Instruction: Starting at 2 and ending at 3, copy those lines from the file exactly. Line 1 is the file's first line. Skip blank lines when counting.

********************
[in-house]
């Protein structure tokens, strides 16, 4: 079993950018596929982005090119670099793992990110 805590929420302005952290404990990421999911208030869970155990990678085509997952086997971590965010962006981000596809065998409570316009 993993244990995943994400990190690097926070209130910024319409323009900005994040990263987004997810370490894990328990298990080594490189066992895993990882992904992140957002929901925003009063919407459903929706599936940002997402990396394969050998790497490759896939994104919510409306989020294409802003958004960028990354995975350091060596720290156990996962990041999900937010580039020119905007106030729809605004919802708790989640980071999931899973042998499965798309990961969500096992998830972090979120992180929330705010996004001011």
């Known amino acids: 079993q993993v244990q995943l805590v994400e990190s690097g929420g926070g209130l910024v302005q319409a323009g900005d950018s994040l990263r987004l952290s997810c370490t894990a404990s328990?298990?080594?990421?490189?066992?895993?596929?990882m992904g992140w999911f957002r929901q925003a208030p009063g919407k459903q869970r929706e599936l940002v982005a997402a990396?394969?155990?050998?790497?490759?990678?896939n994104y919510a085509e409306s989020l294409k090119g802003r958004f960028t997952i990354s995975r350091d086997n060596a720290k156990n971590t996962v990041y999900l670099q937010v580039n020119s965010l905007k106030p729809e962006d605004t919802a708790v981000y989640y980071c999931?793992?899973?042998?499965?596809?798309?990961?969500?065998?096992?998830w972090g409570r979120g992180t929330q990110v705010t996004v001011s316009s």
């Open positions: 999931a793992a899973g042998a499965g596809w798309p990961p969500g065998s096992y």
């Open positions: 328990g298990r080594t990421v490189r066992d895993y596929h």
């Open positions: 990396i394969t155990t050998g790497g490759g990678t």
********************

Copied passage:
């Protein structure tokens, strides 16, 4: 079993950018596929982005090119670099793992990110 805590929420302005952290404990990421999911208030869970155990990678085509997952086997971590965010962006981000596809065998409570316009 993993244990995943994400990190690097926070209130910024319409323009900005994040990263987004997810370490894990328990298990080594490189066992895993990882992904992140957002929901925003009063919407459903929706599936940002997402990396394969050998790497490759896939994104919510409306989020294409802003958004960028990354995975350091060596720290156990996962990041999900937010580039020119905007106030729809605004919802708790989640980071999931899973042998499965798309990961969500096992998830972090979120992180929330705010996004001011």
């Known amino acids: 079993q993993v244990q995943l805590v994400e990190s690097g929420g926070g209130l910024v302005q319409a323009g900005d950018s994040l990263r987004l952290s997810c370490t894990a404990s328990?298990?080594?990421?490189?066992?895993?596929?990882m992904g992140w999911f957002r929901q925003a208030p009063g919407k459903q869970r929706e599936l940002v982005a997402a990396?394969?155990?050998?790497?490759?990678?896939n994104y919510a085509e409306s989020l294409k090119g802003r958004f960028t997952i990354s995975r350091d086997n060596a720290k156990n971590t996962v990041y999900l670099q937010v580039n020119s965010l905007k106030p729809e962006d605004t919802a708790v981000y989640y980071c999931?793992?899973?042998?499965?596809?798309?990961?969500?065998?096992?998830w972090g409570r979120g992180t929330q990110v705010t996004v001011s316009s």